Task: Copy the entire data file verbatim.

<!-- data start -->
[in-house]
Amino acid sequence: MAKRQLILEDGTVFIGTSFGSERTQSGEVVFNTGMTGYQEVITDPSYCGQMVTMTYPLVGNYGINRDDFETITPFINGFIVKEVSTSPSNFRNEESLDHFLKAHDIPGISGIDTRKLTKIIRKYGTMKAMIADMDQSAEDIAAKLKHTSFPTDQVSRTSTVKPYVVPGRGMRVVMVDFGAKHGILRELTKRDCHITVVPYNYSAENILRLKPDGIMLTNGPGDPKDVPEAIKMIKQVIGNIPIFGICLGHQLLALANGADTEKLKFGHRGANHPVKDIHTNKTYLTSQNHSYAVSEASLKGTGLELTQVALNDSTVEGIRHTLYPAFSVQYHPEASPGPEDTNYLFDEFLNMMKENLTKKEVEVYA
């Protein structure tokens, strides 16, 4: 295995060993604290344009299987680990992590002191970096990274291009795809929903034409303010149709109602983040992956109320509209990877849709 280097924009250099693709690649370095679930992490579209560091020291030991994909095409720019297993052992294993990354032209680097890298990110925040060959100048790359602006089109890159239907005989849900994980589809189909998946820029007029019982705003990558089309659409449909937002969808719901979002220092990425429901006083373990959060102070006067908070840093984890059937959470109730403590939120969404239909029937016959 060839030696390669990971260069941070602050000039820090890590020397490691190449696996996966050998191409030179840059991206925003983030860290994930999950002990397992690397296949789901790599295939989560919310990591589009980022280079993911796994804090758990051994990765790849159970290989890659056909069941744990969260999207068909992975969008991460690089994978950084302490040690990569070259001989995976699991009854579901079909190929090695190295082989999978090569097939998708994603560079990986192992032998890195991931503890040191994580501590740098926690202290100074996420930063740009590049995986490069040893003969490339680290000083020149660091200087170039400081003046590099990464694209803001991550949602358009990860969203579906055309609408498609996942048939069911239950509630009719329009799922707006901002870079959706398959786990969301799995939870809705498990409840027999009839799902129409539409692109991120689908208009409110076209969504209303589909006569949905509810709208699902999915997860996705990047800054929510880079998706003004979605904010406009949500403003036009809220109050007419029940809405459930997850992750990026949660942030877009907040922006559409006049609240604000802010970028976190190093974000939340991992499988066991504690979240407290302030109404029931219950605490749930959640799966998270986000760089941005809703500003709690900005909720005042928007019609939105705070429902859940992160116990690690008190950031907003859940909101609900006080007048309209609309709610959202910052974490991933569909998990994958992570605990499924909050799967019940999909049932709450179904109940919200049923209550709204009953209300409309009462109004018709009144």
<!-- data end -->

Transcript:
[in-house]
Amino acid sequence: MAKRQLILEDGTVFIGTSFGSERTQSGEVVFNTGMTGYQEVITDPSYCGQMVTMTYPLVGNYGINRDDFETITPFINGFIVKEVSTSPSNFRNEESLDHFLKAHDIPGISGIDTRKLTKIIRKYGTMKAMIADMDQSAEDIAAKLKHTSFPTDQVSRTSTVKPYVVPGRGMRVVMVDFGAKHGILRELTKRDCHITVVPYNYSAENILRLKPDGIMLTNGPGDPKDVPEAIKMIKQVIGNIPIFGICLGHQLLALANGADTEKLKFGHRGANHPVKDIHTNKTYLTSQNHSYAVSEASLKGTGLELTQVALNDSTVEGIRHTLYPAFSVQYHPEASPGPEDTNYLFDEFLNMMKENLTKKEVEVYA
């Protein structure tokens, strides 16, 4: 295995060993604290344009299987680990992590002191970096990274291009795809929903034409303010149709109602983040992956109320509209990877849709 280097924009250099693709690649370095679930992490579209560091020291030991994909095409720019297993052992294993990354032209680097890298990110925040060959100048790359602006089109890159239907005989849900994980589809189909998946820029007029019982705003990558089309659409449909937002969808719901979002220092990425429901006083373990959060102070006067908070840093984890059937959470109730403590939120969404239909029937016959 060839030696390669990971260069941070602050000039820090890590020397490691190449696996996966050998191409030179840059991206925003983030860290994930999950002990397992690397296949789901790599295939989560919310990591589009980022280079993911796994804090758990051994990765790849159970290989890659056909069941744990969260999207068909992975969008991460690089994978950084302490040690990569070259001989995976699991009854579901079909190929090695190295082989999978090569097939998708994603560079990986192992032998890195991931503890040191994580501590740098926690202290100074996420930063740009590049995986490069040893003969490339680290000083020149660091200087170039400081003046590099990464694209803001991550949602358009990860969203579906055309609408498609996942048939069911239950509630009719329009799922707006901002870079959706398959786990969301799995939870809705498990409840027999009839799902129409539409692109991120689908208009409110076209969504209303589909006569949905509810709208699902999915997860996705990047800054929510880079998706003004979605904010406009949500403003036009809220109050007419029940809405459930997850992750990026949660942030877009907040922006559409006049609240604000802010970028976190190093974000939340991992499988066991504690979240407290302030109404029931219950605490749930959640799966998270986000760089941005809703500003709690900005909720005042928007019609939105705070429902859940992160116990690690008190950031907003859940909101609900006080007048309209609309709610959202910052974490991933569909998990994958992570605990499924909050799967019940999909049932709450179904109940919200049923209550709204009953209300409309009462109004018709009144």